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The Evolution of Fire Extinguishers

We take fire extinguishers a bit for granted nowadays and under health and safety laws they’re a legal requirement for the workplace, shops, schools etc basically any enclosed public space.  I bet you’ve never stopped to think about how they’ve evolved over the years.  They’ve certainly come a long way since their humble beginnings, and thankfully don’t contain the explosives they once did.  I kid you not; the first fire extinguishing machine contained gunpowder.  Fire and gunpowder – a winning combination!  The premise behind Ambrose Godfrey’s machine, which was released in 1723, was that the explosion from the gunpowder would disperse the fire suppressant over the fire.  It was only in use for a few years, which may provide some insight on its ability to do the job safely.

Since humans discovered they could create fire, it has always posed a hazard. Straw huts, wooden structures and fires didn’t particularly go together well and water was the preferred choice of extinguishing flames.  But getting the water to the fire was often an issue.  In 200BC there are records of the invention of a water pump but with absence of hoses it was an arduous task to get the water to the fire and lines of people with buckets was the only way to do this.

Ambrose Godfrey

Ambrose Godfrey

Then during the Middle Ages someone invented a ‘squirt’ which used a plunger like action to suck water into a vessel then push it out again.  These were still being used in the Great Fire of London in 1666.  Next came Godfrey and his gunpowder extinguisher!  It was in 1819 that a turn was made and Captain George William Manby introduced the first portable extinguisher.  The design featured a copper vessel that was filled with potassium carbonate and compressed air.  When released the fire was showered with the solution.  In fact some fire extinguishers today still feature potassium carbonate.

During the late 19th Century more developments were made and the soda-acid extinguisher was released. This consisted of a cylinder filled with a sodium bicarbonate and water solution.  Also inside was a vile containing sulphuric acid.  Once the two solutions combined carbon dioxide was produced which in turn expelled the water onto the fire.  All extinguishers to this point had been relatively safe to the user, however in 1912 the CTC extinguisher was invented and its contents were carbon tetrachloride. It provided an excellent solution for both liquid and electrical fires, however it proved extremely toxic in confined spaces and by the 1950’s its use had been withdrawn.

The breakthrough in fire extinguishers came with the realisation that not all fires are equal and what you use to extinguish them will play a vital role in how quickly the fire is contained and extinguished.  This knowledge has directly shaped the evolution of the myriad of fire extinguishers that we see today.  Although the choice seems confusing, it’s highly important to use the correct extinguishers for the correct type of fire to ensure you gain control and extinguish it as quickly as possible.  There are currently six classes of fire which are categorised A-F based on the property of substance that is alight:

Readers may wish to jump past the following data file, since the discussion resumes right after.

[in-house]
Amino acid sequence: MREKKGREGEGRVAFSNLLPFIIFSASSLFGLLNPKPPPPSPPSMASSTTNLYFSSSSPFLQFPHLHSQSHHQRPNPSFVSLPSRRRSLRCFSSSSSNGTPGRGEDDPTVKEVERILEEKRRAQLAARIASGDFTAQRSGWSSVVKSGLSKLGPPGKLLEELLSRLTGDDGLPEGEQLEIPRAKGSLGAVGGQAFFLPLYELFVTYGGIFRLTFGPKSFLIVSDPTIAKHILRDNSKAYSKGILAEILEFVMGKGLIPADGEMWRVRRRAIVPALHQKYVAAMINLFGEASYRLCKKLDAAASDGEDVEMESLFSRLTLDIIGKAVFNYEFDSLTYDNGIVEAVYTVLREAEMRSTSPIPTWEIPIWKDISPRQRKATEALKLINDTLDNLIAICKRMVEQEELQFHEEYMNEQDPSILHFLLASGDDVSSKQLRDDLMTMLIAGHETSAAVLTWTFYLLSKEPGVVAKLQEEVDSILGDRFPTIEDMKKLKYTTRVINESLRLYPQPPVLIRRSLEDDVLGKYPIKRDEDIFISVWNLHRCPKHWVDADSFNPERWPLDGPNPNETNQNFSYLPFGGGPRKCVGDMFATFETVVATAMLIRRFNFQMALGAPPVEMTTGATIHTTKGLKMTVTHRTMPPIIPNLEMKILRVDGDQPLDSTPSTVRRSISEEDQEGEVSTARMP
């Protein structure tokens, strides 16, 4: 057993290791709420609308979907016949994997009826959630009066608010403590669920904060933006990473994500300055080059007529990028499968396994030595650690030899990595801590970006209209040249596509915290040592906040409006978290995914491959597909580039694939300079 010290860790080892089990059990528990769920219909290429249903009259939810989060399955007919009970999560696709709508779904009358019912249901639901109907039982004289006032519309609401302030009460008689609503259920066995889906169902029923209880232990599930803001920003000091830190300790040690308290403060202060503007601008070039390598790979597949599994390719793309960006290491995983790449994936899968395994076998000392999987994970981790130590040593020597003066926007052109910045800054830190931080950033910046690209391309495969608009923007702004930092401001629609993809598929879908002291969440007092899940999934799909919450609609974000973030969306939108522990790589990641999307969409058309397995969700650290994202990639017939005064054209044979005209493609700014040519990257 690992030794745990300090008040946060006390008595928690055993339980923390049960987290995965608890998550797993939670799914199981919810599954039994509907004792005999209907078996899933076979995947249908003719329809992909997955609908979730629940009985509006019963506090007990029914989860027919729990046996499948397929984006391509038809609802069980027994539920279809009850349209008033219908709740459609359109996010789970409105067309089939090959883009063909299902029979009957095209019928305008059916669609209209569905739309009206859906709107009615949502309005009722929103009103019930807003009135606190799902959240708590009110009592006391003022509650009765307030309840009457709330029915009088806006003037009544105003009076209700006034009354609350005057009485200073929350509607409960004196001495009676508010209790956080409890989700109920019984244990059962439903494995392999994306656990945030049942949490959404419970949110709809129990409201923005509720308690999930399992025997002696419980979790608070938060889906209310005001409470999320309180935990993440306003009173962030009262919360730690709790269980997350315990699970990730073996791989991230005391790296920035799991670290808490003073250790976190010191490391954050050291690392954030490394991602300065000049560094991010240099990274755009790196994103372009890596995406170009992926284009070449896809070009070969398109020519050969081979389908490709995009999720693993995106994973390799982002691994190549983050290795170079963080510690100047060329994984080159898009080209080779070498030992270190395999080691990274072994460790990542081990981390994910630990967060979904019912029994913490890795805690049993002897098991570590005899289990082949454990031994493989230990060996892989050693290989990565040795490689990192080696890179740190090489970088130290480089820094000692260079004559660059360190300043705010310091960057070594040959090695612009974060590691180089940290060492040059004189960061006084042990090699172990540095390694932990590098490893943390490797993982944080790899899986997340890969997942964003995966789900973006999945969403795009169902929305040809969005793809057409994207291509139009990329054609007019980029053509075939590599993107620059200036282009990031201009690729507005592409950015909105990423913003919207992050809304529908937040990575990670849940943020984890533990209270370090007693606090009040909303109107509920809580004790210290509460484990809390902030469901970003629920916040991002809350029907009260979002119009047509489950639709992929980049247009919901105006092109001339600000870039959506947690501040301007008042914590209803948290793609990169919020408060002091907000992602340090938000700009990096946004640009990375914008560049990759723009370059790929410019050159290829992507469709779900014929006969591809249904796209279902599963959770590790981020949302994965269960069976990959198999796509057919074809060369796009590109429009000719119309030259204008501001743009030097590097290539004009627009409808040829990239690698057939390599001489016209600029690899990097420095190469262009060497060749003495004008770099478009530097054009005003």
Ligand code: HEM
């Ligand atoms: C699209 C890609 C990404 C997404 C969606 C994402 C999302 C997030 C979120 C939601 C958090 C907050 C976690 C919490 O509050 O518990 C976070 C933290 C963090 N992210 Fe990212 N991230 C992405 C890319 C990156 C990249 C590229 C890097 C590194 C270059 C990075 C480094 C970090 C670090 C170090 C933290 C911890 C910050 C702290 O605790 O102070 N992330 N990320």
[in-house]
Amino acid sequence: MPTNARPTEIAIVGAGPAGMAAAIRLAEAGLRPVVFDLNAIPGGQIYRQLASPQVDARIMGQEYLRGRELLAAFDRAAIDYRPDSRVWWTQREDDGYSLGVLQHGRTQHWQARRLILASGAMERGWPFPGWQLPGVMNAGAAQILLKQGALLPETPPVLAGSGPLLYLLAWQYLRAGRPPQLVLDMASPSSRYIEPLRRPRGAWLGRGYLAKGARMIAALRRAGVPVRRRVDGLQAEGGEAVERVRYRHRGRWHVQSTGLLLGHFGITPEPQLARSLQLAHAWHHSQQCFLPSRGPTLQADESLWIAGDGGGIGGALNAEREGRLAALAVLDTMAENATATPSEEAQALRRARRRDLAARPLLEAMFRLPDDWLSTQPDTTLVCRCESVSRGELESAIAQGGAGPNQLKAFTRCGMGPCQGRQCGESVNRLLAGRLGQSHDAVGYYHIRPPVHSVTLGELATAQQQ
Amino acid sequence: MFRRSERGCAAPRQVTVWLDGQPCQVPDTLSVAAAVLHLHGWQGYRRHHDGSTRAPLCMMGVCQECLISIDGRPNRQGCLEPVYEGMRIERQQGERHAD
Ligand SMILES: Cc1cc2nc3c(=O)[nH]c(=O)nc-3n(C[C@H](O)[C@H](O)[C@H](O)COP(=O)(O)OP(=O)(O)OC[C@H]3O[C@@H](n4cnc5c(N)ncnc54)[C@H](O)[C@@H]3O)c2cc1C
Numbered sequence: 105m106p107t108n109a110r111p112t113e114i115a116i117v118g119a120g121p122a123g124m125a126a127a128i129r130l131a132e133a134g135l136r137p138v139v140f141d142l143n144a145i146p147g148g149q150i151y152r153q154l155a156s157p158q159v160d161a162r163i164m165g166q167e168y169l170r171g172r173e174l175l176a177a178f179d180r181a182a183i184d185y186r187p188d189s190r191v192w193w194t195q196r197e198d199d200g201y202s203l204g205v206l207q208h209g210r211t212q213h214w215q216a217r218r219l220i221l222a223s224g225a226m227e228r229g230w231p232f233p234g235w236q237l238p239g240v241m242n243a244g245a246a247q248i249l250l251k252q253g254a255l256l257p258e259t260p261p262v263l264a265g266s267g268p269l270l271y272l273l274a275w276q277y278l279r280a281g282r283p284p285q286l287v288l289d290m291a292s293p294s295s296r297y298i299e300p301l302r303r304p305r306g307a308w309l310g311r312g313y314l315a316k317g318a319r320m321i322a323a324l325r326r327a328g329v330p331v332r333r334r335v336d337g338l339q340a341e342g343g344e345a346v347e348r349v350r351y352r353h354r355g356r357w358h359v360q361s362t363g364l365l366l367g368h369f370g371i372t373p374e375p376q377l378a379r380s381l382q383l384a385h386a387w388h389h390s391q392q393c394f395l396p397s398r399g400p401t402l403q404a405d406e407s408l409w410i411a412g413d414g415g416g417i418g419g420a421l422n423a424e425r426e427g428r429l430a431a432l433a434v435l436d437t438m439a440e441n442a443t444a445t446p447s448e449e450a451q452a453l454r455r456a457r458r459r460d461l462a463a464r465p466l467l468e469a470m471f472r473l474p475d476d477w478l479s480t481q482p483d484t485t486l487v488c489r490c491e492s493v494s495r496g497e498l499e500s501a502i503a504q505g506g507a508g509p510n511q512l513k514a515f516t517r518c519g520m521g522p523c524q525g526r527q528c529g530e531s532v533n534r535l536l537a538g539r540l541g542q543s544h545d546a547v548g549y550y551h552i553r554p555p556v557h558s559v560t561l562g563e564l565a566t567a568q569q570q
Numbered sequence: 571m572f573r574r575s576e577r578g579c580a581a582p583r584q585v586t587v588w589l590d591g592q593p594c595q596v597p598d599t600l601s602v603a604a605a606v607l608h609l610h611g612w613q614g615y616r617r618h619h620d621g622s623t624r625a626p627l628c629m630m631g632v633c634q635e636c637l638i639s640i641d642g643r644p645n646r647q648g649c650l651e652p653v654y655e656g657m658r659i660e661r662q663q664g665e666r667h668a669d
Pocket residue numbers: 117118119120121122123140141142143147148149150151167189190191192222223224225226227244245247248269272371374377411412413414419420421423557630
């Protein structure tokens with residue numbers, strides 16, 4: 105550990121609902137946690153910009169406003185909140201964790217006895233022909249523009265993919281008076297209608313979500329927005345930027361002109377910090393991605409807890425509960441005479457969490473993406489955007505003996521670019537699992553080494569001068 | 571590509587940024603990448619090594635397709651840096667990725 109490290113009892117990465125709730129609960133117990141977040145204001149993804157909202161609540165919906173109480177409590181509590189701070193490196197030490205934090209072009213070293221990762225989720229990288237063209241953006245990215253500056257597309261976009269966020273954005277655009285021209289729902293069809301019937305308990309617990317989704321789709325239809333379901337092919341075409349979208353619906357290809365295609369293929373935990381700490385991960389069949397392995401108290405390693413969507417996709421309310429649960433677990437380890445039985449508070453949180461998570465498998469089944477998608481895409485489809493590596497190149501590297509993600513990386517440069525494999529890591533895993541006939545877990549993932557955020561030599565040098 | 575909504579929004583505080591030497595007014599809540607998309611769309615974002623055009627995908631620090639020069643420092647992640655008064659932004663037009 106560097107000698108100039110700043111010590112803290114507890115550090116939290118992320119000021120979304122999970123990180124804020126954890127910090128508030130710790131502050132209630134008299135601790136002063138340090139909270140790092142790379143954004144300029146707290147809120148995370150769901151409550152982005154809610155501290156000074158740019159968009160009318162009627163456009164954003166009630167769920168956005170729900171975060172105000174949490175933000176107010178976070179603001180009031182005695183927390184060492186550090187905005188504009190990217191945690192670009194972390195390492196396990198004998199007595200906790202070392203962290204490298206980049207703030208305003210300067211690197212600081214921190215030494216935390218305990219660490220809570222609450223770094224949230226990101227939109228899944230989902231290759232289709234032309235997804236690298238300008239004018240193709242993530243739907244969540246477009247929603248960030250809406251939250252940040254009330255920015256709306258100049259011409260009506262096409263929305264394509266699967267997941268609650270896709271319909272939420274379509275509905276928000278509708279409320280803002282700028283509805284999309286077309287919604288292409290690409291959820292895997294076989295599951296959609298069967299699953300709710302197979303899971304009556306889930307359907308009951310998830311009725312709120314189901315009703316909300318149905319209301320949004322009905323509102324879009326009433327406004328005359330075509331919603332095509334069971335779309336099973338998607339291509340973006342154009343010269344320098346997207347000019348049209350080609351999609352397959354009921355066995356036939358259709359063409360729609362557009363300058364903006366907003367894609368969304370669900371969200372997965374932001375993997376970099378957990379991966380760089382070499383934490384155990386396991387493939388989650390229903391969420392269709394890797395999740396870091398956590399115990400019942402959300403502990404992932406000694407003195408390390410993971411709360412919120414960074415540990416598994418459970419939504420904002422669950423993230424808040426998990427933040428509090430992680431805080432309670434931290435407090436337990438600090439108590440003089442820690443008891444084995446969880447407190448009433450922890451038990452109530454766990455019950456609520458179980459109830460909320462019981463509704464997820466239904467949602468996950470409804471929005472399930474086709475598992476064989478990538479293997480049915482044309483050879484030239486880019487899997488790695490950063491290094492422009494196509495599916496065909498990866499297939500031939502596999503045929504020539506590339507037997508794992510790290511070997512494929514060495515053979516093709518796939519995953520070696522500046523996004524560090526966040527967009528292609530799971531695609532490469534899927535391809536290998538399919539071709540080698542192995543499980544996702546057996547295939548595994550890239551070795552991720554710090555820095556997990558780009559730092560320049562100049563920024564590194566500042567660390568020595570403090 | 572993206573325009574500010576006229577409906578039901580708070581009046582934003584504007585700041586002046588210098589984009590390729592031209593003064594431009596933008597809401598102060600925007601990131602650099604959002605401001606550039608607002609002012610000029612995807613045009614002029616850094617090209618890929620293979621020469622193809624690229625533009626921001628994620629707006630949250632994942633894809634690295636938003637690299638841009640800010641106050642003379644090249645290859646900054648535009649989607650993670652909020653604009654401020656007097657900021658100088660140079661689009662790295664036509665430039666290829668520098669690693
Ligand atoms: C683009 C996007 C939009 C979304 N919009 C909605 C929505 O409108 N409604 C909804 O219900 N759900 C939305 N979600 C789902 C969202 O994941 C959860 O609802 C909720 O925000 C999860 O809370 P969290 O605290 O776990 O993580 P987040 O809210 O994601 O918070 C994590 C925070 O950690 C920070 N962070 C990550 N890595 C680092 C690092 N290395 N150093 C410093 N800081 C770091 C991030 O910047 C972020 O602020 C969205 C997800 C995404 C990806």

• Class A – solid substances such as wood, paper, plastics and textiles
  • Class B – flammable liquids
  • Class C – flammable gasses
  • Class D – burning metals
  • Class E – electrical fires
  • Class F – cooking oils and fats.

 

The fire extinguishers themselves can be put into six categories; however if you are looking to buy fire extinguishers you will find a great deal of options within these groups.

Water extinguishers are very effective at putting out Class A fires but should never be used for any other class as the water may make the situation worse.

Foam extinguishers can be used for Class A and B fires and they deposit a frothy mixture over the flames starving the fire of oxygen and separating the flames from the fuel.

Dry Powder extinguishers are often referred to as multi-purpose extinguishers as they can be used to tackle Class A, B, C and E fires. The powder controls the flames by acting as a coolant.

Another extinguisher that can be used for electrical fires is the CO2 extinguisher which is also effective on Class B fires.  The carbon dioxide suffocates the fire by displacing the oxygen.

The only extinguisher that can used on Class D fires is the Specialist Powder extinguisher. It is designed with a low velocity applicator that provides control over the spread of fire from combustible metals such as lithium and aluminium.

Finally, the most recent addition is the Wet Chemical extinguisher that has been introduced to address the unique character of fires started from cooking oils and fats.  Scientists developed an extinguisher that uses the chemical reaction saponification.  The wet contents of the fire extinguisher react with the oil to create a soapy substance that suffocates the flames.  Not only does it extinguish the flames but it also acts as a coolant to prevent the fire reigniting.  The development of these Class F extinguishers has been welcomed by commercial kitchens and processing plants where oil fires are high risk.

A simple risk assessment should help to determine how many extinguishers and what type are needed for your business, but educating staff is highly important to ensure that if the worse happens the right extinguisher is being used.

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